Monday, October 4, 2010

The Unanswerable Question

Mr. Charles Wilkes saw himself as one of the few remaining ‘true believers’. He didn’t teach because of the pay which was considerably better than many other professions. Or because he loved kids far more than adults who he saw as lacking the nympholepsy for life that children naturally possessed and which kept them in state of unending curiosity. Or because of the summers off which allowed him to continue working on his unpublishable novel while sleeping late and catching the occasional thunderstorm on the beach.

No, he taught because he genuinely believed in teaching the next generation, in the ability of inheritors to make a change with what is passed down. He taught because he honestly loved it. And it was this, he thought, that made him a good teacher. It wasn't because he was “cool” and let the kids call him Charlie. It wasn’t because he rewarded good grades with baking parties or class trips that were purely for fun. It wasn’t even because of his bonus questions.

He had devised the bonus question system years ago as a way to allow children to naturally let off the steam they needed to let off at the end of a test. After handing out the exam and allowing the allotted amount of time for the students to enter their answers he would collect them back, hand out a few blank pieces of paper to each child, and then raise the projector screen to show the hidden question on the board.

His questions weren’t brilliant, he was the first to admit. But they allowed for a great deal of imagination and creativity which he desired above all other qualities. Especially because you didn’t win by getting the question right, you won by coming up with the most creative answer you could devise in five minutes.

The student who answered “A little boy and a stuffed tiger” to the question “Who are Calvin & Hobbes?” scored no points. A student who answered “Two famous philosophers” also scored no points. No, the entry that won was the little boy who answered “Calvin was a famous jet fighter pilot who single-handedly turned the tide of the Great Indo-China war of 1741 simply because he loved the crumb cakes of a famous baker named Hobbes and didn’t want his bakery to be destroyed in the war. Oh, he really liked his black and white cookies, too.” That little boy was Alexander.

Alexander won far more often than any other student in the class simply because his answers were so intricately woven in such a short period of time and never took the obvious into consideration. He won for drawing a complex diagram in answer to the question “What would chairs look like if our knees were on the back of our legs?” He won for writing a recipe with several difficult steps in answer to the question “How do you make a flying melon?” And he won for creating a series of dance steps in answer to the question “What is an elastic conversion?”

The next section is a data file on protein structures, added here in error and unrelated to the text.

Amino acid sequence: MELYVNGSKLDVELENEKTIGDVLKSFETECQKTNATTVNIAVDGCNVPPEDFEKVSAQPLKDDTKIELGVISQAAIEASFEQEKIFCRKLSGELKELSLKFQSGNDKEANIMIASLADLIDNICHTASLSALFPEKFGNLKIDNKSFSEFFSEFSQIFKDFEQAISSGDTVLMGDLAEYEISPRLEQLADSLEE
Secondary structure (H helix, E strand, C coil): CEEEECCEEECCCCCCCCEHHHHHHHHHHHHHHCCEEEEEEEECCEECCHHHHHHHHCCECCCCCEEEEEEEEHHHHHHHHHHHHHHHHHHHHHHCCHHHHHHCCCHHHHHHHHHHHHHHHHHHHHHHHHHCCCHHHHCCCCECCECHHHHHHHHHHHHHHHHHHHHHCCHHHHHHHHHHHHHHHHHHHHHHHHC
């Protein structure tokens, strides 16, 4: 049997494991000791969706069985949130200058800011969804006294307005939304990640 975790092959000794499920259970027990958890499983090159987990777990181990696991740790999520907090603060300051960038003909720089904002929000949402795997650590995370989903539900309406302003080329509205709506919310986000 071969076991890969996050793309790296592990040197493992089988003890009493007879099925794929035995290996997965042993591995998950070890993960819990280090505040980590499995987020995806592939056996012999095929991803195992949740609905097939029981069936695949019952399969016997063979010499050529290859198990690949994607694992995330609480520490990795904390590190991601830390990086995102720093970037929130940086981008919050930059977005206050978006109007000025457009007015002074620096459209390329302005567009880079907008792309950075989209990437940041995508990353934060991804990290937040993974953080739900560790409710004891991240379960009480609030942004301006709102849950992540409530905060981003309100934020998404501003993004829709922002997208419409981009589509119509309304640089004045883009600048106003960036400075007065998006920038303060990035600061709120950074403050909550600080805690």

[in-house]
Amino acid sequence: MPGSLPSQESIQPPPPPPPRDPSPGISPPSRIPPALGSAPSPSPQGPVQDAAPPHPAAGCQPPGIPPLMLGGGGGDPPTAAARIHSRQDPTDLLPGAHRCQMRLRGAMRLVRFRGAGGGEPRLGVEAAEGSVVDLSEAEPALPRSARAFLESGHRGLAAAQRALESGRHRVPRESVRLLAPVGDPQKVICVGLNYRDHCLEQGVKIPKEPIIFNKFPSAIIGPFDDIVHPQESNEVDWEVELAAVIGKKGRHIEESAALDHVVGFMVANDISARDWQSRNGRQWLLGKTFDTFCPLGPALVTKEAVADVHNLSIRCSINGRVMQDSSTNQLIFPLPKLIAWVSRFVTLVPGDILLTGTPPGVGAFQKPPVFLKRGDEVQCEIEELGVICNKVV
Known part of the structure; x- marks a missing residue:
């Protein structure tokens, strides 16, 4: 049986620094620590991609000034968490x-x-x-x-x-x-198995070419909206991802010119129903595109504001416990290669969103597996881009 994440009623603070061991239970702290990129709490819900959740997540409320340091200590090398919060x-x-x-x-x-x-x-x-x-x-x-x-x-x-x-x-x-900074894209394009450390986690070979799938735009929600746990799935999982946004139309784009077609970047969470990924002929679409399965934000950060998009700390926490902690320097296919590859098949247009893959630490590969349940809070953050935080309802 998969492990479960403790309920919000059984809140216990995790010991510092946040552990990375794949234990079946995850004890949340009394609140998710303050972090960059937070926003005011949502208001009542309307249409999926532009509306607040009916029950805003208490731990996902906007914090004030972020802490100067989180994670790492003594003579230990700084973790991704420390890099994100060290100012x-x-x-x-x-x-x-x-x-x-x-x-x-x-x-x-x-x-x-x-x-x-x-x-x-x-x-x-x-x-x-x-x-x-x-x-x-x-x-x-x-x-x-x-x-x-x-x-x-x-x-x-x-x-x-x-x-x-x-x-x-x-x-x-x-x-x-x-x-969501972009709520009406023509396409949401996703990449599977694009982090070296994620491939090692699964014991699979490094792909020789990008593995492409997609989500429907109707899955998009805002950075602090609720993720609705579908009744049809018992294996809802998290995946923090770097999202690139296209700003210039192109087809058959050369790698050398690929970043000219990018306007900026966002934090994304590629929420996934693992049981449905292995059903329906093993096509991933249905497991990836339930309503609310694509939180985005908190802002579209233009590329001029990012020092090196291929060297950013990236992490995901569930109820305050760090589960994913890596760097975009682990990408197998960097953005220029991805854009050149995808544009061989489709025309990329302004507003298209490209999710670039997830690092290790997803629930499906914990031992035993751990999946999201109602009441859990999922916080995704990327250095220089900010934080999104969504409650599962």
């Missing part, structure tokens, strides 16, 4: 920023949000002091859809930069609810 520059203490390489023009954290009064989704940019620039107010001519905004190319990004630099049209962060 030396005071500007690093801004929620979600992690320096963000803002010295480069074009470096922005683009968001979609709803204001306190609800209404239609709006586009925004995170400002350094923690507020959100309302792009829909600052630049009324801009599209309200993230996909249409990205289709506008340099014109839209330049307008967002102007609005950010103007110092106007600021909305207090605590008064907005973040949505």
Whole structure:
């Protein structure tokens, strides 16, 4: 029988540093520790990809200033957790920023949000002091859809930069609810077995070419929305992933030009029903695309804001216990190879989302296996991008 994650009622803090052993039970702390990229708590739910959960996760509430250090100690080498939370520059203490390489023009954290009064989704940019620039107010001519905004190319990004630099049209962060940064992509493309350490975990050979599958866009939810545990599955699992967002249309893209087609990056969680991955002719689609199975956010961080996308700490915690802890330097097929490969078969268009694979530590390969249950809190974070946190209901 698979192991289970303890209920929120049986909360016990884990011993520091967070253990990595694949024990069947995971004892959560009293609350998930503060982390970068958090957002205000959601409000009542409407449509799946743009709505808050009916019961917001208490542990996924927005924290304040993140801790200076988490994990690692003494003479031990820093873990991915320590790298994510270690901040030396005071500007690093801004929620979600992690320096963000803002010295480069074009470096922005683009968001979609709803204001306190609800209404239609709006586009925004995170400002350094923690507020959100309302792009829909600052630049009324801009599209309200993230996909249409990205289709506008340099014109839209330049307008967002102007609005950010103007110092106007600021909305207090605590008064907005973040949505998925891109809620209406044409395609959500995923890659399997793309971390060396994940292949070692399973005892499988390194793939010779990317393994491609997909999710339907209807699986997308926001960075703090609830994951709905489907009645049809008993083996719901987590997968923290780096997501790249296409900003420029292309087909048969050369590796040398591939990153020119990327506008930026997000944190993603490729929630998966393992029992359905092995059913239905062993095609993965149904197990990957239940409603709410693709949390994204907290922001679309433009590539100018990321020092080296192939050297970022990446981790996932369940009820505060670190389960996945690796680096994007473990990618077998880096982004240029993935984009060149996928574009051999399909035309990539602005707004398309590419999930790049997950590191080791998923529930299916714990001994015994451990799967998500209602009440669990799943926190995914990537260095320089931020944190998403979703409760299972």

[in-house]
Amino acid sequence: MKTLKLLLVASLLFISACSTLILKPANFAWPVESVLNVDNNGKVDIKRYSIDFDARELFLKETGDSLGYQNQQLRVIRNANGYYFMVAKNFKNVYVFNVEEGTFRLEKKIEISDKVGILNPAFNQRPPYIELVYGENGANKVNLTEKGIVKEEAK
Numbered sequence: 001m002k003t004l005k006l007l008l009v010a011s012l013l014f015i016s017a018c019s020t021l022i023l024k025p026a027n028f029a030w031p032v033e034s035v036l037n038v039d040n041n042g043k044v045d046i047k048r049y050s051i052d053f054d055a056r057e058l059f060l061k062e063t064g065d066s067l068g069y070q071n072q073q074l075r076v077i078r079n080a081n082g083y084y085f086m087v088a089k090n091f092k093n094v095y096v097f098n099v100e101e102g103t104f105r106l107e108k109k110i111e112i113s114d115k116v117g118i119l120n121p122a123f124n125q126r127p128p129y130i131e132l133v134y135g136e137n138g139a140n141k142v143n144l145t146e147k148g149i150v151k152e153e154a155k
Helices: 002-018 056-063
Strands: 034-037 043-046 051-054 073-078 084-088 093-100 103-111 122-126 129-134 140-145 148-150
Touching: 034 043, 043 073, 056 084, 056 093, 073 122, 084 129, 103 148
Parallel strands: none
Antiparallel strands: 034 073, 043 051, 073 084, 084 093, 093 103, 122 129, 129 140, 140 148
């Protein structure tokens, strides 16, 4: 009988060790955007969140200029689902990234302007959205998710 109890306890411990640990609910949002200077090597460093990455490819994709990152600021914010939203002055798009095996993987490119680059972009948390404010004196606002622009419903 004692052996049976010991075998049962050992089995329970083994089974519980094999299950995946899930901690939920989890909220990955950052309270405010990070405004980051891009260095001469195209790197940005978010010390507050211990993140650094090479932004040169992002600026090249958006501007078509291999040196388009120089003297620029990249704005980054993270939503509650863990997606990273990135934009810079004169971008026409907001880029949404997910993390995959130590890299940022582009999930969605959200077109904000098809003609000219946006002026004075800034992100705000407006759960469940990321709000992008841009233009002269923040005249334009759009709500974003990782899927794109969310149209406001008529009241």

Partially because Alexander won so often, and partially because he was a good student the bonus test points originally offered as reward became boring and Alexander asked from something different. After a brief discussion, the class concluded that in reward for answering the question the winning student should be able to ask the teacher a question in return.

In the beginning, Charlie got some boring questions like “How do you skin a cat?” and “What is the air-speed velocity of unladen swallow traveling through the forest at noon?” which didn’t require too much thought and ended up with answers that seemed to rival Alexander’s, at least to Charlie.

But one particular afternoon, after learning that he was once again the winner of the bonus question, Alexander got a very serious, very concerned look on his face. His brow furrowed, his lip tucked firmly between his teeth and his thumbs furiously circled each other as Alexander looked down at his desk and sat in silence. Charlie was enticed by this, expecting that the boy was coming up with a masterful conundrum for him to solve. After what seemed like far longer than his fellow students could possibly bear Alexander nodded his head and looked up to his teacher with a determined expression.

“Ok, Charlie. I have a real question. One that I haven’t been able to get a straight answer from out of anyone.”

At this Charlie’s heartbeat jumped and he tried to brace himself for what seemed like it would be something completely inappropriate for a class of 8th graders.

“Why,” Alexander continued, “do we die?”

The class turned in anticipation to look at the silent teacher in front of the room. Charlie considered the young boy standing at his desk. He knew the look in his eyes as it was one he’d had himself many times. When you look to an adult you respect and hope that they will be honest and tell you the truth that you need to hear. When you wait for a piece of invaluable information to be dispensed.

Unfortunately for Charlie, he didn’t know a deserving answer. He could refer him to a science lesson about how the cells of the human body break down over time or point him in the direction of a philosophical discussion or tell him to ask his parents what their religion teaches them or cite some old country expressions his grandmother used to tell him which always seemed profound. But none of those would have given him the answer he was seeking. So, he told him the only answer that would treat the question with the respect it deserved.

“I don’t know,” he said.